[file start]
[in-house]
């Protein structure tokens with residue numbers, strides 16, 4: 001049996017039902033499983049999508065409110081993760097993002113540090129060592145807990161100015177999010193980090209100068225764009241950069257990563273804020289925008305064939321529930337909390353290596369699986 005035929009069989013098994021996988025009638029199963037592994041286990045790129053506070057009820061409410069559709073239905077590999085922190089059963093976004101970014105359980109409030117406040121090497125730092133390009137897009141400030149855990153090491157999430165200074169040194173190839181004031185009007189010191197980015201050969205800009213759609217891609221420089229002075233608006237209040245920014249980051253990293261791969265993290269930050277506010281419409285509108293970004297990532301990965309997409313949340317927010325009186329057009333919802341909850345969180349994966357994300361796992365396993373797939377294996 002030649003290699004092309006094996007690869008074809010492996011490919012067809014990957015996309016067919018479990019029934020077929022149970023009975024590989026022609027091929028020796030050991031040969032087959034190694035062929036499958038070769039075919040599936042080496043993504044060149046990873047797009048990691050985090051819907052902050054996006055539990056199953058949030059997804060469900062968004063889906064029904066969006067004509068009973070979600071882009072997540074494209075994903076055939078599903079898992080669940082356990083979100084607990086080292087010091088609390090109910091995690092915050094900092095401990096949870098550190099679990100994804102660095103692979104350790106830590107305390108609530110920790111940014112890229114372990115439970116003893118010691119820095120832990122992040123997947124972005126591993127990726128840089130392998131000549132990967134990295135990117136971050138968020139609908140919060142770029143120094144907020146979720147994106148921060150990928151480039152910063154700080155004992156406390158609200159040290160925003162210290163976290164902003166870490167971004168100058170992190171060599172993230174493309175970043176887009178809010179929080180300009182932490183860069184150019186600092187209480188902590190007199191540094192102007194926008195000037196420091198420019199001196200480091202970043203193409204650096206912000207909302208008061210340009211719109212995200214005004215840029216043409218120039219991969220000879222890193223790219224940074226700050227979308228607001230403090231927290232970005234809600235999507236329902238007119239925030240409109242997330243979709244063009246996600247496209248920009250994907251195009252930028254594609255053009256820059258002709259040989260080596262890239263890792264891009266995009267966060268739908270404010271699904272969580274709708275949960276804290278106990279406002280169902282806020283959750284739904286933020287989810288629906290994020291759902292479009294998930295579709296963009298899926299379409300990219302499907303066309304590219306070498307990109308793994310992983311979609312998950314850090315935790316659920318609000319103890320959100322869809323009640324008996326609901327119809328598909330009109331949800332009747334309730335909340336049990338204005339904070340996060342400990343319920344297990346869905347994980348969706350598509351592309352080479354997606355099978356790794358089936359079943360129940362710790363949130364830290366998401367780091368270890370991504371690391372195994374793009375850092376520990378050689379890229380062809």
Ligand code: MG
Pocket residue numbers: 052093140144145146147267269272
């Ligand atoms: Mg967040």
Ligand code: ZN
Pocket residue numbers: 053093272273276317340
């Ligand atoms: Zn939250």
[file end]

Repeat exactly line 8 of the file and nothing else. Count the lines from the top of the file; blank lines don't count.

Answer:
């Ligand atoms: Zn939250």